You’re sitting comfortably, eyes closed, following the breath entering and leaving the body.
It goes great for, say, 3 seconds or so. But then there’s a problem.
You’re mind keeps wandering off! Following the breath should be easy, but it turns out to be impossible.
You feel like a failure.
“I can’t meditate!” you think. You get up, stick on the TV, and forget this meditation stuff. It’s too hard. You can’t do it.
Yes you can!
I’ve had a meditation practice for about 20 years. Over that time, an incredible number of people have said to me “I’ve tried meditation but I just can’t do it. I’m not that kind of person.”
They say they can’t stop their mind from thinking about things. They say I must be different. This is more nonsense about the mystical and esoteric nature of Buddhism that we need to take around the back and shoot.
EVERYONE can meditate!
Meditation is a skill
Imagine driving a stick shift (manual car) for the first time. You sit in the driver’s seat, work out how to turn on the engine, then what? You fiddle around for a while, if you’re lucky bunny hop for a few feet, then stall.
The usual response isn’t “I can’t drive a stick shift.” It’s “I need to learn how to drive.”
Meditation is a bit like that. It’s like any skill – you aren’t born with it, you need to learn. And you don’t learn by reading, you learn by practice. You may know what goes into a great golf swing, or the theory of riding a bike, but you can’t do it without learning through practice. You need to feel it.
Meditation isn’t about thinking, and it isn’t about not thinking.
Sure, letting the thoughts drop away is part of meditation. After you’ve spent a while learning the skills, and you’ve learned how to settle your mind, this will happen more easily.
Sometimes, you won’t have any thoughts beyond the ones you need to steer the meditation. You’ll be sufficiently interested in your own mental and emotional states, and the meditation object (e.g. the breath) to let your thoughts become ever more subtle, quieter, with longer gaps between them.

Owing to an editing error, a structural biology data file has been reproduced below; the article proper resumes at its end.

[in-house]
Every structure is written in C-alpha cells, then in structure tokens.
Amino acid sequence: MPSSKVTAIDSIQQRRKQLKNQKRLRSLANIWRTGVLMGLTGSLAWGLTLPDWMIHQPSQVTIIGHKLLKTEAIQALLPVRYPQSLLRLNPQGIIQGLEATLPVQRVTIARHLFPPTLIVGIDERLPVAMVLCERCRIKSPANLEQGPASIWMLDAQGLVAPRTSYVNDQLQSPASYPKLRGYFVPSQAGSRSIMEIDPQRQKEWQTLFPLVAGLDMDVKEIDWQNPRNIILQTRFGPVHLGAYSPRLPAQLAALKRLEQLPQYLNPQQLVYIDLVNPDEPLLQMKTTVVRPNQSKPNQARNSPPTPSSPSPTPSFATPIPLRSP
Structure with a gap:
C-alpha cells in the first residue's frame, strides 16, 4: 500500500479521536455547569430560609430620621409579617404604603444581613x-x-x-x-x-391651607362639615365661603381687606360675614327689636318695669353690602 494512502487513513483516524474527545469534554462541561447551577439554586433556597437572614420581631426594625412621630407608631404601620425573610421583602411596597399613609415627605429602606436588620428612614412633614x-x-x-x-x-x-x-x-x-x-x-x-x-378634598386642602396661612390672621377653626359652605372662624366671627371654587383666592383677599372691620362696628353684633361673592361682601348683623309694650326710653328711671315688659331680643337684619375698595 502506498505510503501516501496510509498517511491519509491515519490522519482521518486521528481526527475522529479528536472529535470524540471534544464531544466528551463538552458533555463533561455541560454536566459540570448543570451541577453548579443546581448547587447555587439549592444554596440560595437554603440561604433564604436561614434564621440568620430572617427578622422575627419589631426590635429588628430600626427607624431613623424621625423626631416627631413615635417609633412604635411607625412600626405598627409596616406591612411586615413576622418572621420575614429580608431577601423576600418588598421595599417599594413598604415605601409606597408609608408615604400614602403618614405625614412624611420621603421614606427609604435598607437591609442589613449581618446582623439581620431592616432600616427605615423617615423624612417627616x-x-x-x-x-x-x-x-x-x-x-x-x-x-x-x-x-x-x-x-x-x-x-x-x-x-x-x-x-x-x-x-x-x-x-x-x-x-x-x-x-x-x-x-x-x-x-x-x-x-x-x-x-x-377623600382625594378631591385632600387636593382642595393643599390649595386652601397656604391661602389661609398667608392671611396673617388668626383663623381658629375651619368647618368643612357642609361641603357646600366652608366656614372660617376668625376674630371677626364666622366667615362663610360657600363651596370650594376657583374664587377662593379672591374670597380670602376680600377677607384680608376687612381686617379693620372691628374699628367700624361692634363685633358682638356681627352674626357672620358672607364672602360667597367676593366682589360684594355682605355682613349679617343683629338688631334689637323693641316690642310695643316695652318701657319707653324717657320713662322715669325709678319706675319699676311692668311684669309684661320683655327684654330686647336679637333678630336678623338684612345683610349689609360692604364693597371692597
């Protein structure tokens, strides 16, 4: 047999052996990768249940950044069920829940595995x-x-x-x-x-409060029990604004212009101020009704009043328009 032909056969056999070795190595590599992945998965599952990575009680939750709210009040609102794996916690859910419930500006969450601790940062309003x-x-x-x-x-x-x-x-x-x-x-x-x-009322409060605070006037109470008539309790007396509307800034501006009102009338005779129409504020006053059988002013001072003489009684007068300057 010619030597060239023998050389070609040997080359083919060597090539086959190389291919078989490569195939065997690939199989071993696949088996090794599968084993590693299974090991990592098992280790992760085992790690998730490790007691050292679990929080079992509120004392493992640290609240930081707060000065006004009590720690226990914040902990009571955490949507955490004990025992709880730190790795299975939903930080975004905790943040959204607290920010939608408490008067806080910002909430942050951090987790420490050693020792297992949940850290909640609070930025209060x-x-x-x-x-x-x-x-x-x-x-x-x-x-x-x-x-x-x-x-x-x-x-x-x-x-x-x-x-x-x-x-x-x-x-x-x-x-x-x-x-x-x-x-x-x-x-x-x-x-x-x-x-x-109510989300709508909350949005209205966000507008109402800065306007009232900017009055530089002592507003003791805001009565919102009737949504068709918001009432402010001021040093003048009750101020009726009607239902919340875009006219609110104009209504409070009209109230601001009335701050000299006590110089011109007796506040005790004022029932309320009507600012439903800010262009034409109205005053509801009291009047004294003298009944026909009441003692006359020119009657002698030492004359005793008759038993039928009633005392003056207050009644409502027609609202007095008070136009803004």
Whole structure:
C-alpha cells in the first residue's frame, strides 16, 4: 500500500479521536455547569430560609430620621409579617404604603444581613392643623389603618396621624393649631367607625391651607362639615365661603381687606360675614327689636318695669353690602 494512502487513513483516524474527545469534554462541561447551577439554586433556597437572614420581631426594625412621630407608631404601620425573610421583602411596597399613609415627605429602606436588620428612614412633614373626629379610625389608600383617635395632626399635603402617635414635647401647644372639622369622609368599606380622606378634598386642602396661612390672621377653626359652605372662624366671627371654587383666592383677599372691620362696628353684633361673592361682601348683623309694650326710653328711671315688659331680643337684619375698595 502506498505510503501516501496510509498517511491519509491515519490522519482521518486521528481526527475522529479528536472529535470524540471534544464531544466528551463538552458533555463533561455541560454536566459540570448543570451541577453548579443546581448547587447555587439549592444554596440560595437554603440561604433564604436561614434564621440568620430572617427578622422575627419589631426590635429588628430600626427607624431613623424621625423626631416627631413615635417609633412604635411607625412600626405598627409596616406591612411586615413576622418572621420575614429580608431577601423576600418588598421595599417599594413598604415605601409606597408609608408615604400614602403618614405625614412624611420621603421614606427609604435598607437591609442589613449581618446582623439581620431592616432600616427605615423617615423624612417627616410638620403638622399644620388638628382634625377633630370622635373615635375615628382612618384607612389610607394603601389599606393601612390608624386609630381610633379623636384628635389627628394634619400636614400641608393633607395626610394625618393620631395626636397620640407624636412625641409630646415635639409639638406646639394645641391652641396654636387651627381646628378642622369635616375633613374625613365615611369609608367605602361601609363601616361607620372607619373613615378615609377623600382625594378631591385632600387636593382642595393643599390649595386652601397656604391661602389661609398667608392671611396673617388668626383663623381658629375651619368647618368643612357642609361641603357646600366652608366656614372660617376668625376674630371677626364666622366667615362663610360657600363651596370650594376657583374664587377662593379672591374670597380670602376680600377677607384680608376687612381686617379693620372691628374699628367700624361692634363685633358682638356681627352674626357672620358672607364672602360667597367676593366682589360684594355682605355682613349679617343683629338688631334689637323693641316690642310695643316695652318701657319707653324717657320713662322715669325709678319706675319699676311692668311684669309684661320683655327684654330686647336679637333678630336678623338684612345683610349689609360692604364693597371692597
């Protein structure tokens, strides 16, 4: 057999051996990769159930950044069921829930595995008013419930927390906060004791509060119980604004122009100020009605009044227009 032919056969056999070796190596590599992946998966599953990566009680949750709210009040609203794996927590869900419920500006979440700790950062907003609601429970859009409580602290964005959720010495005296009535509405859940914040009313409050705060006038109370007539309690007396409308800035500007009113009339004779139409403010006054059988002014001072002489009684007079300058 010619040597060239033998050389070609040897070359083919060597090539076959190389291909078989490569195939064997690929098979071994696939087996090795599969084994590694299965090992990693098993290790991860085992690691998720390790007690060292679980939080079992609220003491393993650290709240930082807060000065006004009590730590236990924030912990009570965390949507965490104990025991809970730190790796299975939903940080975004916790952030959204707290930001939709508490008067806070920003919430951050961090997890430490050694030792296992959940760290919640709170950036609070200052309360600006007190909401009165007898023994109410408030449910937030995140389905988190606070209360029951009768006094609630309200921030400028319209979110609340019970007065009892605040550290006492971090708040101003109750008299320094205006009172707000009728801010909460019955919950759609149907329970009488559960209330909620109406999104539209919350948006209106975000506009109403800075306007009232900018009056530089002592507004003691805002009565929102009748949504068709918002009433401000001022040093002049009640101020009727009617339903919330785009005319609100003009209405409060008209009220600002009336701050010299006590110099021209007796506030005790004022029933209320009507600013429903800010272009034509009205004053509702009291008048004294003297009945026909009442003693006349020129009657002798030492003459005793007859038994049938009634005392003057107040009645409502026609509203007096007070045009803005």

When that happens, it’s lovely. It’s been described as like putting down a heavy weight, or paying off a huge debt.
When it doesn’t happen, it doesn’t mean you can’t meditate, or that the meditation session was a failure.
What’s meditation for?
People use meditation for different things, and to answer the question properly would take a very long time. But let’s keep it simple. At its most fundamental, meditation is for improving your life.
So if you take a chaotic, angry, sleepy or anxious mind, and the troubled heart that goes with those states, and you bring it into balance – to ANY extent – you have had a successful meditation.
If you have a roaring mind for the whole time you meditate, but you are more aware of your roaring mind than you were when you sat down, you have had a successful meditation.
If you get up from your meditation and carry a little more awareness or balance out into the rest of your day, you’ve done a great job.
How to work in meditation
There are different tools and techniques in the Buddhist tradition for understanding and working with your mind in meditation.
For example, the tradition speaks of 5 hindrances and details antidotes to them.
The 5 hindrances are:
- Doubt and indecision
- Sloth and Torpor
- Restlessness and anxiety
- Ill will and hatred
- Desire for sense experience
If you want to know more about these, and learn about the antidotes to them, I’m going to talk through them in my mail outs over the next few weeks (although the next one is going to be about symbolism in the life of the Buddha).
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And if you’re looking for a book that goes into the details of setting up and maintaining a meditation practice, this one by Kamalashila is very good (actually, I’ve not read this one – I read the previous edition – but this one has been updated and I’m sure is even better than the last!)